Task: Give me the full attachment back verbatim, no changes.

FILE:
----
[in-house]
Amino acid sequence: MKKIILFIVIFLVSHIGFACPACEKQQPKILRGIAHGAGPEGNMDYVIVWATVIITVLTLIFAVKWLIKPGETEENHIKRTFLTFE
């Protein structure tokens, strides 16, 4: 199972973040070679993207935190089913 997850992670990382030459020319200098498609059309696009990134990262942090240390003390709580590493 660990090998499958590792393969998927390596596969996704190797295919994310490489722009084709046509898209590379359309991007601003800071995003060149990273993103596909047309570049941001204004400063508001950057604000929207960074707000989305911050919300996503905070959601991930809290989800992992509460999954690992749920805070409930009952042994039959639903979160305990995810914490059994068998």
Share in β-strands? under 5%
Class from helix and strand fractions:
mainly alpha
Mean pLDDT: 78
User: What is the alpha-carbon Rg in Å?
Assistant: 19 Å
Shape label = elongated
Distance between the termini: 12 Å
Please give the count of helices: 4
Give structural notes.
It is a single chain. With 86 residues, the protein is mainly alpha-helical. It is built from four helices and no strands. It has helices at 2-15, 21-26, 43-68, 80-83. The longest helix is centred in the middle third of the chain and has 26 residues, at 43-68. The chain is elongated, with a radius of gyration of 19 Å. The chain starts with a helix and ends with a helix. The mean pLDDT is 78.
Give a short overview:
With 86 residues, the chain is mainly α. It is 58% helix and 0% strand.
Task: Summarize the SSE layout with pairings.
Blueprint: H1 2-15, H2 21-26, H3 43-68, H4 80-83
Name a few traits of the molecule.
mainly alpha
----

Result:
[in-house]
Amino acid sequence: MKKIILFIVIFLVSHIGFACPACEKQQPKILRGIAHGAGPEGNMDYVIVWATVIITVLTLIFAVKWLIKPGETEENHIKRTFLTFE
């Protein structure tokens, strides 16, 4: 199972973040070679993207935190089913 997850992670990382030459020319200098498609059309696009990134990262942090240390003390709580590493 660990090998499958590792393969998927390596596969996704190797295919994310490489722009084709046509898209590379359309991007601003800071995003060149990273993103596909047309570049941001204004400063508001950057604000929207960074707000989305911050919300996503905070959601991930809290989800992992509460999954690992749920805070409930009952042994039959639903979160305990995810914490059994068998």
Share in β-strands? under 5%
Class from helix and strand fractions:
mainly alpha
Mean pLDDT: 78
User: What is the alpha-carbon Rg in Å?
Assistant: 19 Å
Shape label = elongated
Distance between the termini: 12 Å
Please give the count of helices: 4
Give structural notes.
It is a single chain. With 86 residues, the protein is mainly alpha-helical. It is built from four helices and no strands. It has helices at 2-15, 21-26, 43-68, 80-83. The longest helix is centred in the middle third of the chain and has 26 residues, at 43-68. The chain is elongated, with a radius of gyration of 19 Å. The chain starts with a helix and ends with a helix. The mean pLDDT is 78.
Give a short overview:
With 86 residues, the chain is mainly α. It is 58% helix and 0% strand.
Task: Summarize the SSE layout with pairings.
Blueprint: H1 2-15, H2 21-26, H3 43-68, H4 80-83
Name a few traits of the molecule.
mainly alpha